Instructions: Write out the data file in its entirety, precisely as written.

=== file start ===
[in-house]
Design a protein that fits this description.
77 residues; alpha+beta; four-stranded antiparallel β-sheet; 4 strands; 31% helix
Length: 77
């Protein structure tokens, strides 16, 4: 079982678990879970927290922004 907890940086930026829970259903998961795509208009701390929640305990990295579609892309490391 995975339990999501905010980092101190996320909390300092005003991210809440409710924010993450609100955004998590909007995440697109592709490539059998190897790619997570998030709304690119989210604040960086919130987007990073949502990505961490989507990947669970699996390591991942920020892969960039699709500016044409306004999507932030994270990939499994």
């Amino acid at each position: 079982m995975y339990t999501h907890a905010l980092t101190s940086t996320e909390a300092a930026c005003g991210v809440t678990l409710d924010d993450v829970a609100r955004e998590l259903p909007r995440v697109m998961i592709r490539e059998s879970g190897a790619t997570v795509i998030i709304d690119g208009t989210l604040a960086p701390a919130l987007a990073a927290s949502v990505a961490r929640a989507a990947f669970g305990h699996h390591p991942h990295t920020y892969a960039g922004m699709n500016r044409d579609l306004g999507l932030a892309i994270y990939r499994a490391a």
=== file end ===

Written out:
[in-house]
Design a protein that fits this description.
77 residues; alpha+beta; four-stranded antiparallel β-sheet; 4 strands; 31% helix
Length: 77
């Protein structure tokens, strides 16, 4: 079982678990879970927290922004 907890940086930026829970259903998961795509208009701390929640305990990295579609892309490391 995975339990999501905010980092101190996320909390300092005003991210809440409710924010993450609100955004998590909007995440697109592709490539059998190897790619997570998030709304690119989210604040960086919130987007990073949502990505961490989507990947669970699996390591991942920020892969960039699709500016044409306004999507932030994270990939499994």
């Amino acid at each position: 079982m995975y339990t999501h907890a905010l980092t101190s940086t996320e909390a300092a930026c005003g991210v809440t678990l409710d924010d993450v829970a609100r955004e998590l259903p909007r995440v697109m998961i592709r490539e059998s879970g190897a790619t997570v795509i998030i709304d690119g208009t989210l604040a960086p701390a919130l987007a990073a927290s949502v990505a961490r929640a989507a990947f669970g305990h699996h390591p991942h990295t920020y892969a960039g922004m699709n500016r044409d579609l306004g999507l932030a892309i994270y990939r499994a490391a």